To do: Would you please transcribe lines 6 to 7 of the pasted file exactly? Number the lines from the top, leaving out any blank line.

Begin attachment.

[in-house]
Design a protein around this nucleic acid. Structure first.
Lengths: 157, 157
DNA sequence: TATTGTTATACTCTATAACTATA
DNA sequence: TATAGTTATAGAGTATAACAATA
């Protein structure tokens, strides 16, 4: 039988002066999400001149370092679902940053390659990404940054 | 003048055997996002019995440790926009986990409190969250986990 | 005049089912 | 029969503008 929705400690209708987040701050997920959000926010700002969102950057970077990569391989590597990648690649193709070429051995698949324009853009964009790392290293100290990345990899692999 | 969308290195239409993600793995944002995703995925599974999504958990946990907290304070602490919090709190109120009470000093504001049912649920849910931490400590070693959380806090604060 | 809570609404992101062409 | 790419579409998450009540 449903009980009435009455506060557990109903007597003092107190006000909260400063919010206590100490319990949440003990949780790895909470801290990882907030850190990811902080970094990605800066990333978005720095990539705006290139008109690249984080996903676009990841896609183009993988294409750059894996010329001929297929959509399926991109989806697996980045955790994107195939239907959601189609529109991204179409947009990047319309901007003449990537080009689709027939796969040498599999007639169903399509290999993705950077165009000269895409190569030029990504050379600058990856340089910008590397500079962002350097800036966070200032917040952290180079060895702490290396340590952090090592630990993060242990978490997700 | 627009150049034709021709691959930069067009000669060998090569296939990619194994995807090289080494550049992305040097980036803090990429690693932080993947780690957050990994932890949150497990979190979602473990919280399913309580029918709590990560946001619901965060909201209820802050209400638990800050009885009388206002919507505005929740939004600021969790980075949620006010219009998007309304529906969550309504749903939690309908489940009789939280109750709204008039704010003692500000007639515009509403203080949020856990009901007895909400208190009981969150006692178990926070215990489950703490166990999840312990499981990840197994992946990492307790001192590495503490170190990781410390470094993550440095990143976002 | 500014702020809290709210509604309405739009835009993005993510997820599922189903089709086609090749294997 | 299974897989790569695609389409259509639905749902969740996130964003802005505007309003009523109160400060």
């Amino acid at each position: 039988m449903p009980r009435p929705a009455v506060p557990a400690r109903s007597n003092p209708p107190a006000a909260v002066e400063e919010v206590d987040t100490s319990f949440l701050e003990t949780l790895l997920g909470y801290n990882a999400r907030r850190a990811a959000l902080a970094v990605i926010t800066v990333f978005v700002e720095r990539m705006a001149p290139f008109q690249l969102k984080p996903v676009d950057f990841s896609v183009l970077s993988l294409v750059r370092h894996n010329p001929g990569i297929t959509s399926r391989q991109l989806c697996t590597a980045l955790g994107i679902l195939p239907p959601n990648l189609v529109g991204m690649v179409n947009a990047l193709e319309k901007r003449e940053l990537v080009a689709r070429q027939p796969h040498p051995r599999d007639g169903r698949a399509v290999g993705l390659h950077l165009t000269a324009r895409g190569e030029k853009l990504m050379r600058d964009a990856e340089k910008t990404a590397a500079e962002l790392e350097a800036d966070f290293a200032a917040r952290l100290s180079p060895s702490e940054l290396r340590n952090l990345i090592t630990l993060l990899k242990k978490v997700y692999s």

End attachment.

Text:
């Protein structure tokens, strides 16, 4: 039988002066999400001149370092679902940053390659990404940054 | 003048055997996002019995440790926009986990409190969250986990 | 005049089912 | 029969503008 929705400690209708987040701050997920959000926010700002969102950057970077990569391989590597990648690649193709070429051995698949324009853009964009790392290293100290990345990899692999 | 969308290195239409993600793995944002995703995925599974999504958990946990907290304070602490919090709190109120009470000093504001049912649920849910931490400590070693959380806090604060 | 809570609404992101062409 | 790419579409998450009540 449903009980009435009455506060557990109903007597003092107190006000909260400063919010206590100490319990949440003990949780790895909470801290990882907030850190990811902080970094990605800066990333978005720095990539705006290139008109690249984080996903676009990841896609183009993988294409750059894996010329001929297929959509399926991109989806697996980045955790994107195939239907959601189609529109991204179409947009990047319309901007003449990537080009689709027939796969040498599999007639169903399509290999993705950077165009000269895409190569030029990504050379600058990856340089910008590397500079962002350097800036966070200032917040952290180079060895702490290396340590952090090592630990993060242990978490997700 | 627009150049034709021709691959930069067009000669060998090569296939990619194994995807090289080494550049992305040097980036803090990429690693932080993947780690957050990994932890949150497990979190979602473990919280399913309580029918709590990560946001619901965060909201209820802050209400638990800050009885009388206002919507505005929740939004600021969790980075949620006010219009998007309304529906969550309504749903939690309908489940009789939280109750709204008039704010003692500000007639515009509403203080949020856990009901007895909400208190009981969150006692178990926070215990489950703490166990999840312990499981990840197994992946990492307790001192590495503490170190990781410390470094993550440095990143976002 | 500014702020809290709210509604309405739009835009993005993510997820599922189903089709086609090749294997 | 299974897989790569695609389409259509639905749902969740996130964003802005505007309003009523109160400060």
């Amino acid at each position: 039988m449903p009980r009435p929705a009455v506060p557990a400690r109903s007597n003092p209708p107190a006000a909260v002066e400063e919010v206590d987040t100490s319990f949440l701050e003990t949780l790895l997920g909470y801290n990882a999400r907030r850190a990811a959000l902080a970094v990605i926010t800066v990333f978005v700002e720095r990539m705006a001149p290139f008109q690249l969102k984080p996903v676009d950057f990841s896609v183009l970077s993988l294409v750059r370092h894996n010329p001929g990569i297929t959509s399926r391989q991109l989806c697996t590597a980045l955790g994107i679902l195939p239907p959601n990648l189609v529109g991204m690649v179409n947009a990047l193709e319309k901007r003449e940053l990537v080009a689709r070429q027939p796969h040498p051995r599999d007639g169903r698949a399509v290999g993705l390659h950077l165009t000269a324009r895409g190569e030029k853009l990504m050379r600058d964009a990856e340089k910008t990404a590397a500079e962002l790392e350097a800036d966070f290293a200032a917040r952290l100290s180079p060895s702490e940054l290396r340590n952090l990345i090592t630990l993060l990899k242990k978490v997700y692999s």